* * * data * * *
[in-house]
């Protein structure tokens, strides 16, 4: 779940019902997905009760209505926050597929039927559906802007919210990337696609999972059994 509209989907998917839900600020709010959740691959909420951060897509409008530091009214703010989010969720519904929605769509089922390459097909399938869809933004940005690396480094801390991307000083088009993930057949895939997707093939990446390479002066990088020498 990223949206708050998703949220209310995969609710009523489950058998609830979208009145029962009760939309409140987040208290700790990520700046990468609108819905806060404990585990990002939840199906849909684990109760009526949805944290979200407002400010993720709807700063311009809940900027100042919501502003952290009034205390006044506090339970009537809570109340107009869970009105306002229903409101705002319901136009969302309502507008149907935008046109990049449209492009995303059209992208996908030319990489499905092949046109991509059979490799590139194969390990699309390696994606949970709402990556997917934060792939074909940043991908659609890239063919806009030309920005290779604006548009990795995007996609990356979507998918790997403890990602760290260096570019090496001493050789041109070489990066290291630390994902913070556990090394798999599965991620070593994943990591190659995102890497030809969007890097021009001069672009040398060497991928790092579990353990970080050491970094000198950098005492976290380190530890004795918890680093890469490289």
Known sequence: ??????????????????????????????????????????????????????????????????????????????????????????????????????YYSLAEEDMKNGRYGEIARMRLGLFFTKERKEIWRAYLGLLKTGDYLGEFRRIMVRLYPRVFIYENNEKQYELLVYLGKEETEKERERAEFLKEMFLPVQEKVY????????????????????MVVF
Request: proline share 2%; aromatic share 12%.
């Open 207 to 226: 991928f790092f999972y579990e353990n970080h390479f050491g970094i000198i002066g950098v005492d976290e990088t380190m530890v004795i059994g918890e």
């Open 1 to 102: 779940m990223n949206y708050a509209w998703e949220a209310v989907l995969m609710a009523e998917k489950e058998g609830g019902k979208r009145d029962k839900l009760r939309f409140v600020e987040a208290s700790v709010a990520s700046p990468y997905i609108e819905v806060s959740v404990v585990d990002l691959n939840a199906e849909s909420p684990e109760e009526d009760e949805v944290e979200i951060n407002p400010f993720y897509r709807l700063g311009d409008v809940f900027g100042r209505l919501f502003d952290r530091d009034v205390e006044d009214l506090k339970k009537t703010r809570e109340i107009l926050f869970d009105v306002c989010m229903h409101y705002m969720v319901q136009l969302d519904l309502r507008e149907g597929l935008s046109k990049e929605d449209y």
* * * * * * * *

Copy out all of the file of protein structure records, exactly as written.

[in-house]
């Protein structure tokens, strides 16, 4: 779940019902997905009760209505926050597929039927559906802007919210990337696609999972059994 509209989907998917839900600020709010959740691959909420951060897509409008530091009214703010989010969720519904929605769509089922390459097909399938869809933004940005690396480094801390991307000083088009993930057949895939997707093939990446390479002066990088020498 990223949206708050998703949220209310995969609710009523489950058998609830979208009145029962009760939309409140987040208290700790990520700046990468609108819905806060404990585990990002939840199906849909684990109760009526949805944290979200407002400010993720709807700063311009809940900027100042919501502003952290009034205390006044506090339970009537809570109340107009869970009105306002229903409101705002319901136009969302309502507008149907935008046109990049449209492009995303059209992208996908030319990489499905092949046109991509059979490799590139194969390990699309390696994606949970709402990556997917934060792939074909940043991908659609890239063919806009030309920005290779604006548009990795995007996609990356979507998918790997403890990602760290260096570019090496001493050789041109070489990066290291630390994902913070556990090394798999599965991620070593994943990591190659995102890497030809969007890097021009001069672009040398060497991928790092579990353990970080050491970094000198950098005492976290380190530890004795918890680093890469490289």
Known sequence: ??????????????????????????????????????????????????????????????????????????????????????????????????????YYSLAEEDMKNGRYGEIARMRLGLFFTKERKEIWRAYLGLLKTGDYLGEFRRIMVRLYPRVFIYENNEKQYELLVYLGKEETEKERERAEFLKEMFLPVQEKVY????????????????????MVVF
Request: proline share 2%; aromatic share 12%.
């Open 207 to 226: 991928f790092f999972y579990e353990n970080h390479f050491g970094i000198i002066g950098v005492d976290e990088t380190m530890v004795i059994g918890e």
């Open 1 to 102: 779940m990223n949206y708050a509209w998703e949220a209310v989907l995969m609710a009523e998917k489950e058998g609830g019902k979208r009145d029962k839900l009760r939309f409140v600020e987040a208290s700790v709010a990520s700046p990468y997905i609108e819905v806060s959740v404990v585990d990002l691959n939840a199906e849909s909420p684990e109760e009526d009760e949805v944290e979200i951060n407002p400010f993720y897509r709807l700063g311009d409008v809940f900027g100042r209505l919501f502003d952290r530091d009034v205390e006044d009214l506090k339970k009537t703010r809570e109340i107009l926050f869970d009105v306002c989010m229903h409101y705002m969720v319901q136009l969302d519904l309502r507008e149907g597929l935008s046109k990049e929605d449209y």